USCIS chief Cuccinelli blames Paul Ryan for immigration inaction

USCIS chief Cuccinelli blames Paul Ryan for immigration inaction
© Greg Nash

The Trump administration's top official for legal immigration said Thursday that former Speaker Paul RyanPaul Davis RyanOn The Money: Senate confirms Gensler to lead SEC | Senate GOP to face off over earmarks next week | Top Republican on House tax panel to retire Trump faces test of power with early endorsements Lobbying world MORE (R-Wis.) is responsible for congressional inaction on immigration reform.

U.S. Citizenship and Immigration Services (USCIS) acting Director Ken Cuccinelli blamed Ryan for not ensuring passage of a bill sponsored by now-former Rep. Bob GoodlatteRobert (Bob) William GoodlatteBottom line No documents? Hoping for legalization? Be wary of Joe Biden Press: Trump's final presidential pardon: himself MORE (R-Va.) that would have significantly curtailed legal immigration while granting temporary relief from deportation to so-called Dreamers, immigrants who came to the country illegally as minors.


"And let's not forget to be bipartisan in our criticism," Cuccinelli said during a panel discussion at the Texas Public Policy Foundation, a conservative think tank.

"When Paul Ryan was the Speaker, Paul Ryan submarined the best opportunity we had legislatively with the Goodlatte bill, which in the Judiciary Committee came through. And not enough people will challenge their own leadership in the GOP to beat them down when they are wrong," Cuccinelli said.

Representatives for Ryan declined to comment. Ryan left Congress in early January.

The House rejected the Goodlatte measure in June 2018, with 41 Republicans joining Democrats in voting against the legislation.

GOP leadership, under Ryan at the time, instead put its weight behind a compromise bill that would have granted a path to citizenship for Dreamers. That measure failed to garner support from Democrats, as it included many of the provisions from the Goodlatte bill, which would have significantly altered the country's legal immigration system.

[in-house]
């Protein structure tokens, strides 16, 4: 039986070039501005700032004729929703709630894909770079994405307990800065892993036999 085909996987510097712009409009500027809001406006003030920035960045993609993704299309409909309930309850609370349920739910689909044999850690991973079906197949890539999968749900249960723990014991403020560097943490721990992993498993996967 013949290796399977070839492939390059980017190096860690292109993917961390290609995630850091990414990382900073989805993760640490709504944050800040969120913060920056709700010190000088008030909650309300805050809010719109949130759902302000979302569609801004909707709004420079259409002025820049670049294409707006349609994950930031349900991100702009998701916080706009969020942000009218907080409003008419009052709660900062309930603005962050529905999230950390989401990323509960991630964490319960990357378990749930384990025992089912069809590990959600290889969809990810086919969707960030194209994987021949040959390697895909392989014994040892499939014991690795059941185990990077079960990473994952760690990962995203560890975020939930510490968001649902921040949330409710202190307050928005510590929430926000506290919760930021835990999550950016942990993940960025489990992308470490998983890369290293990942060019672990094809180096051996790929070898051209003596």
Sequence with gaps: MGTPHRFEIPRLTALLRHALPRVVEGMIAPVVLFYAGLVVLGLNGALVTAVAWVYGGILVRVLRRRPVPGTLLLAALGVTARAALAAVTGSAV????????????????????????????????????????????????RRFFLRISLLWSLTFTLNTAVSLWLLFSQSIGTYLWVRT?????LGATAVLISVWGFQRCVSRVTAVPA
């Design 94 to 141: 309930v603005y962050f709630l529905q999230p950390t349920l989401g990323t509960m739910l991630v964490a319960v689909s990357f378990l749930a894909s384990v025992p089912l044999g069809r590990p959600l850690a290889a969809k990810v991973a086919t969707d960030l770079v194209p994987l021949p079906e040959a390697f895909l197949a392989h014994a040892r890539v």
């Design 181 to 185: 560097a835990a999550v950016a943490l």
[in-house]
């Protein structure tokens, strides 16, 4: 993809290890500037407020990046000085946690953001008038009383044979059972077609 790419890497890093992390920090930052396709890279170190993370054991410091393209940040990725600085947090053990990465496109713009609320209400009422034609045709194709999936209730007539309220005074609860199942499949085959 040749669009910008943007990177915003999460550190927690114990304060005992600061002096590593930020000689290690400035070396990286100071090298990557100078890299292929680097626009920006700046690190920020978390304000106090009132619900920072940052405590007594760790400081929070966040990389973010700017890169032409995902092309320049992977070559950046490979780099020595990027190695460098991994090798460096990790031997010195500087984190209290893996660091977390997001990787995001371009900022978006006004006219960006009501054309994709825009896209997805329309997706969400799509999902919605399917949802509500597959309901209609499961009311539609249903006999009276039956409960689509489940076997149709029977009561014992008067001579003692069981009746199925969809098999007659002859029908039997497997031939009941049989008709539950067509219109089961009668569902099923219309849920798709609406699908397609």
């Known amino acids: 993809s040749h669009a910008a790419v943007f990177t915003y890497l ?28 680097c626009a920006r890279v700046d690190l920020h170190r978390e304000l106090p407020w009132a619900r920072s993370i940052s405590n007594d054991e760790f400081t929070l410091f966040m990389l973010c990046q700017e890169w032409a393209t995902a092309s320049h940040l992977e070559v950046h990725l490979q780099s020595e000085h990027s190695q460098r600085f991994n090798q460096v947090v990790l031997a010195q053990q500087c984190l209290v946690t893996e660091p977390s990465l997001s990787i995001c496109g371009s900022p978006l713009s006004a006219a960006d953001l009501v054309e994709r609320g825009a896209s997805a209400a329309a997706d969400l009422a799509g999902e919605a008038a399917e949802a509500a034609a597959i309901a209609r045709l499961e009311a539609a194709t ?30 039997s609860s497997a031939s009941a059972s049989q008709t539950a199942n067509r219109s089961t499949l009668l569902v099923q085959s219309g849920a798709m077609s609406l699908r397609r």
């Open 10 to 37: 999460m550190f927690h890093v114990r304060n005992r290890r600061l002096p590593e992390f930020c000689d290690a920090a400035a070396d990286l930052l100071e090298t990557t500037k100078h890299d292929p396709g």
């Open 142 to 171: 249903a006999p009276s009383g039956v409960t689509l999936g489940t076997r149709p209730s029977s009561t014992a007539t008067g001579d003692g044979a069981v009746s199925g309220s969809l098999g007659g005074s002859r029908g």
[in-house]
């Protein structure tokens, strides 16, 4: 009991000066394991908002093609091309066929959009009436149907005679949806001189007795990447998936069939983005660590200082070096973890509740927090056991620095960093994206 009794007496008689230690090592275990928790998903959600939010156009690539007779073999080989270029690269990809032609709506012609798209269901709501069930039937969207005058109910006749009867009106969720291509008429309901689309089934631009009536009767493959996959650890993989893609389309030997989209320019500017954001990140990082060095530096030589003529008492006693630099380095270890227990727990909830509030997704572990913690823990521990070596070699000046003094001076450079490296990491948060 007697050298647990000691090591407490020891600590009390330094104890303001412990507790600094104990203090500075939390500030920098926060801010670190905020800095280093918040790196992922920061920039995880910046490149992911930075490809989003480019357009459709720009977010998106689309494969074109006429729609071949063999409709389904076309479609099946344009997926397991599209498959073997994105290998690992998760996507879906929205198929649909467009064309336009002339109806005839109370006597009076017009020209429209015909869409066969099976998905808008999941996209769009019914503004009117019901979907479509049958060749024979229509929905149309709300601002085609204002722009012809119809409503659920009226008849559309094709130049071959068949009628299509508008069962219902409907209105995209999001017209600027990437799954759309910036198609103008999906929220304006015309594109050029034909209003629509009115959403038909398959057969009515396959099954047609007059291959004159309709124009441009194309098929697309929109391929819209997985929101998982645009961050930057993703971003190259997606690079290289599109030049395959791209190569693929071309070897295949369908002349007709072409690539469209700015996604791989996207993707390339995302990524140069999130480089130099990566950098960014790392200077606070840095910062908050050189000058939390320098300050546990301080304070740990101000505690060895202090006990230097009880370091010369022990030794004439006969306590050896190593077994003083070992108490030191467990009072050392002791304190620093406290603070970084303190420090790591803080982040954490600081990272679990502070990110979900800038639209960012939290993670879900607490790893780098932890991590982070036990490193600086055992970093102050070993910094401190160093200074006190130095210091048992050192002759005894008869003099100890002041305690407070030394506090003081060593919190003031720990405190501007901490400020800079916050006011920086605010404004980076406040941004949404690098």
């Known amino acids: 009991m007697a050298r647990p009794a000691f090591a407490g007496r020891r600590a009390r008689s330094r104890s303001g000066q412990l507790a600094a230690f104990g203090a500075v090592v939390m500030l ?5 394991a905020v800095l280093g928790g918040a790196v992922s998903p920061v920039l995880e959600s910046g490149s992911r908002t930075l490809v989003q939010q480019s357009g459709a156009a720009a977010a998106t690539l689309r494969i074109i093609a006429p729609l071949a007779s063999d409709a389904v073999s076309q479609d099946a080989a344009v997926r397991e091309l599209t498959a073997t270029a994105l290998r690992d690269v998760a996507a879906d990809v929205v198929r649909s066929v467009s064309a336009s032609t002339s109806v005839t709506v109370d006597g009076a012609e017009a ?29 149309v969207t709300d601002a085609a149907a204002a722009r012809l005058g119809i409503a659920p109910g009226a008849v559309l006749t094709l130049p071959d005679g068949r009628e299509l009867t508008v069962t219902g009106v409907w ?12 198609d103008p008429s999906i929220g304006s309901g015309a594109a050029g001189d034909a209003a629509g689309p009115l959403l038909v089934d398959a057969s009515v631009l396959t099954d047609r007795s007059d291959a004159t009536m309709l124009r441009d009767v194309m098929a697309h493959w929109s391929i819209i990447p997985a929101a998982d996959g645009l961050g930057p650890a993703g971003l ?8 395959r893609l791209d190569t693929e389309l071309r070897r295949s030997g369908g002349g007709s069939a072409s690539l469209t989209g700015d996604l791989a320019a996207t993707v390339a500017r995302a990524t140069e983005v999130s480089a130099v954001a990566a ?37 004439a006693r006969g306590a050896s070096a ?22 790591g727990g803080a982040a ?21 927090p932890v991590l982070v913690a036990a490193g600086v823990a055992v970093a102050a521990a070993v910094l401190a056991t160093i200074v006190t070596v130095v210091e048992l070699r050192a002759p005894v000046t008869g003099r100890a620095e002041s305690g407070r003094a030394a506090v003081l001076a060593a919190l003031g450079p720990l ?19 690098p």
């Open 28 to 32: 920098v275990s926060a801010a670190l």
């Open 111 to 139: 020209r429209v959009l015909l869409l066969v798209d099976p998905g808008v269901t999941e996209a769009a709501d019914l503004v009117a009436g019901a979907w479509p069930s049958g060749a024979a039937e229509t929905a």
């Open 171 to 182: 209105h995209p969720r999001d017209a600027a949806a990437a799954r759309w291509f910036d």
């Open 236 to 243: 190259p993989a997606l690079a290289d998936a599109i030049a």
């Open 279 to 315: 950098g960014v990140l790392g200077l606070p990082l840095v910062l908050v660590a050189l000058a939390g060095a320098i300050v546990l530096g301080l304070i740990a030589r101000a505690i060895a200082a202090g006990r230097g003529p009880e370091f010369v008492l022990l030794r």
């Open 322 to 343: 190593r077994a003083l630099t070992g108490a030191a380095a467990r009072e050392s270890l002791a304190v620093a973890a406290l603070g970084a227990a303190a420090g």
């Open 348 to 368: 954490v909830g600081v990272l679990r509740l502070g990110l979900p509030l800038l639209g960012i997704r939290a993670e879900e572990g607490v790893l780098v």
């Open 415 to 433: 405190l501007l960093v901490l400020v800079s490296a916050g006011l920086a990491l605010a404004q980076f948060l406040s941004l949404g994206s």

While immigration hard-liners backed the Goodlatte bill, it was opposed by many Republican moderates. Even if the House had passed the measure, it almost certainly would have failed to meet the necessary 60-vote threshold needed to advance in the Senate.

Cuccinelli said the opposition from moderates can be traced back to the business community.

"We had leadership there that defended the status quo," said Cuccinelli. "They were the Chamber of Commerce Congress."

"They wanted illegal immigration — and this is not just left and right, there's plenty of people who are often associated with the right, although I don't know what the Chamber of Commerce is," he added.

In response to Cuccinelli's remarks, Jon Baselice, the executive director of immigration policy for the U.S. Chamber of Commerce said "immigration reform has been a long-standing priority for the Chamber and the broad business community."

"We believe common-sense immigration reform is the best way to stop illegal immigration,” added Baselice.

Cuccinelli also argued Thursday that Democrats aren't willing to make concessions on immigration because they don't want President TrumpDonald TrumpTrump mocks Murkowski, Cheney election chances Race debate grips Congress US reentry to Paris agreement adds momentum to cities' sustainability efforts MORE to claim success on the issue.

As head of USCIS, Cuccinelli oversees an agency in charge of granting visas, work permits, permanent residency and naturalization certificates.

He's been a vocal defender of Trump's immigration agenda, both on the services side, which he oversees, and on the enforcement side that's under the scope of agencies at the departments of Justice and Homeland Security.

Updated: 2:50 p.m.